Now, back to my adventures in automotive disrepair. When we got to my cousin’s garage and he got the engine apart it became apparent that the damage I had done was far beyond just pulling out a few components and replacing them. My neglect of the engine had left it so badly damaged that the only thing to be done was to completely replace the engine. My cousin told me that by the time he finished with it, it would be like I had a brand-new car.

For years we have been trying to replace and move components around in the UMC engine to keep it running, at this point, the equivalent of my entire life (46 years). We created this system, adding rule after rule to the Discipline to protect this doctrine or that ministry or some agency or another, making it more and more unwieldy. The system did what systems try to do and promoted itself in order to survive but what to promote. There was no clear, concise consistent message getting out to people beyond the system. The system has tried to protect itself by more legislation, more caucuses, more think tank committees and groups but none of them have found a way to get out of the morass that the system has sunk into. And in the process of all this, the system has slowly been losing parts and pieces as people and churches leave to join other systems with their own issues.

And now we have to figure out how much of the engine that we call the UMC needs replacing. Not only that, but we also have to figure out whether the engine we are putting in it goes with the car. A friend of mine responded to this article saying, “…one of the major problems is that the system was designed for an age that is no longer here. You can’t dump a 2019 engine into an ’87 Buick, for example, and get good results.” General Conference 2019 has given us choices but if we look closely each of them is simply an attempt at replacing some of the parts without getting at the guts of the engine. We can no longer pretend that such solutions are going to last for any reasonable amount of time. Otherwise, the church will stay on blocks in the garage, continuing to go nowhere.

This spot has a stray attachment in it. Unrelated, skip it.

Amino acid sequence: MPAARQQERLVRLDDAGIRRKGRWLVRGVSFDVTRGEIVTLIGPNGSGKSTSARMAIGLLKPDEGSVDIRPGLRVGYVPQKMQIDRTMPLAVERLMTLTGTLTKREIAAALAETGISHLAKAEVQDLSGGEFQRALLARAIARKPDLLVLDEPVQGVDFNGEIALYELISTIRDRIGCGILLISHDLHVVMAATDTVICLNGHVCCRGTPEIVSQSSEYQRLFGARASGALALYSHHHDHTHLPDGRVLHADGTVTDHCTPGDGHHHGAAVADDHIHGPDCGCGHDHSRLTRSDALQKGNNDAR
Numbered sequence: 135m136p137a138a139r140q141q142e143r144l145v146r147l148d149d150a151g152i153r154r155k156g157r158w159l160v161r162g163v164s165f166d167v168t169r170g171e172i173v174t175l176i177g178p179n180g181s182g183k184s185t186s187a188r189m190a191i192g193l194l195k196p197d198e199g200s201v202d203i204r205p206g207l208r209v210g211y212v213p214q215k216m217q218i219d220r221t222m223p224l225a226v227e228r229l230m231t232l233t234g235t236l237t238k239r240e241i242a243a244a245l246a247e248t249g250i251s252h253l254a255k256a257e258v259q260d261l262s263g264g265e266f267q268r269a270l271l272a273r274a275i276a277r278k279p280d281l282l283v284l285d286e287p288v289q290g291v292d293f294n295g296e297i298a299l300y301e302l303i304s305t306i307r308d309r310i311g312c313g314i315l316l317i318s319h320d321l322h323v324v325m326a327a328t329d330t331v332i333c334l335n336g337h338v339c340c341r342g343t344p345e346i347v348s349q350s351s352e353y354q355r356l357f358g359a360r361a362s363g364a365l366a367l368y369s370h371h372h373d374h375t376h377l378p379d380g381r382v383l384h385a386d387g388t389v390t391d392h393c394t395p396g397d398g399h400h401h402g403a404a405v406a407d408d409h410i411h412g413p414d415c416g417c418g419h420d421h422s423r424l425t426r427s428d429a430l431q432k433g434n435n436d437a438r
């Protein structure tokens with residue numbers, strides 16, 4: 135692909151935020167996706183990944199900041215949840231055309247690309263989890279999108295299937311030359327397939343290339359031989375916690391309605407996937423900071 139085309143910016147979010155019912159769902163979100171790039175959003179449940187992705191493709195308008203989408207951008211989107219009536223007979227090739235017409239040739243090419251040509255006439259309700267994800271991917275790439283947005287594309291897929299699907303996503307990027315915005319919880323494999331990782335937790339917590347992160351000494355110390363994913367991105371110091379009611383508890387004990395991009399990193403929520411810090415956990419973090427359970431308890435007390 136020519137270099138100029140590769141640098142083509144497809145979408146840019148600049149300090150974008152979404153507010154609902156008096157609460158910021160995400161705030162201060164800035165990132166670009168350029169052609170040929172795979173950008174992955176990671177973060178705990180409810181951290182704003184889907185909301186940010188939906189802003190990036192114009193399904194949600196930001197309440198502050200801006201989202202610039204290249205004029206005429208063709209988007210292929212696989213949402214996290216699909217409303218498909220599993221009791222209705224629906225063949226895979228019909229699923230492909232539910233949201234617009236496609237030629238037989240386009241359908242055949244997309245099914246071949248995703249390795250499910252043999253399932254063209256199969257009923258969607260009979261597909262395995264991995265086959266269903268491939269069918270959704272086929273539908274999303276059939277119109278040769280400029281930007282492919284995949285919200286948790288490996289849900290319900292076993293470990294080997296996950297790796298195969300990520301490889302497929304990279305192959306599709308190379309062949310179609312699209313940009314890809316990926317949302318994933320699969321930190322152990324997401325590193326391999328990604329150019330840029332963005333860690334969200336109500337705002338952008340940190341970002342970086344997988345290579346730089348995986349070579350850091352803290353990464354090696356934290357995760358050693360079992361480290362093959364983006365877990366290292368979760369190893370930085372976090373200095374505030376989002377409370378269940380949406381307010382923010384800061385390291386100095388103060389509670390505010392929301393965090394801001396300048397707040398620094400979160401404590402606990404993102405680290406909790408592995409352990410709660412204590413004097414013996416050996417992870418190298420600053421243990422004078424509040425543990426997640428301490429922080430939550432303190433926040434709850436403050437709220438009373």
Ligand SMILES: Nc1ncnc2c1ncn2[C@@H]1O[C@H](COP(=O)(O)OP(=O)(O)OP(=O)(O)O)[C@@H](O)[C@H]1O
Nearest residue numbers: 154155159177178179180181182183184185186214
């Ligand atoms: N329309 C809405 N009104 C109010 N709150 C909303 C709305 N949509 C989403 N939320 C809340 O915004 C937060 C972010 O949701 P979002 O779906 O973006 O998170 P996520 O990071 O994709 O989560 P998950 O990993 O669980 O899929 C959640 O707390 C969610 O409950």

What is the better solution, the new engine if you will? I’m not sure. Wiser people than I have tried to come up with it and failed. But I will say this, I believe it has certain components that will be necessary for it to work. First, it will be simpler. Looking at Wesley’s first Book of Discipline and the current one is like looking at a copy of a Dr. Seuss book next to Infinite Jest (if you don’t know it clocks in at around 1100 pages). Second, it will be a smaller scale. The annual conference is about as large an area as I think could reasonable to enforce doctrinal standards with respect to the social and cultural connection. Finally, it will have to embrace a different relationship with the cultural forces in our communities. This last part may drive many of us to be tent-makers again or start house churches in order to practice expressions of a church community that actually meet people where they are.

Let’s just hope when the key is turned, whatever engine is in it, starts and we get back to doing what we were called to do.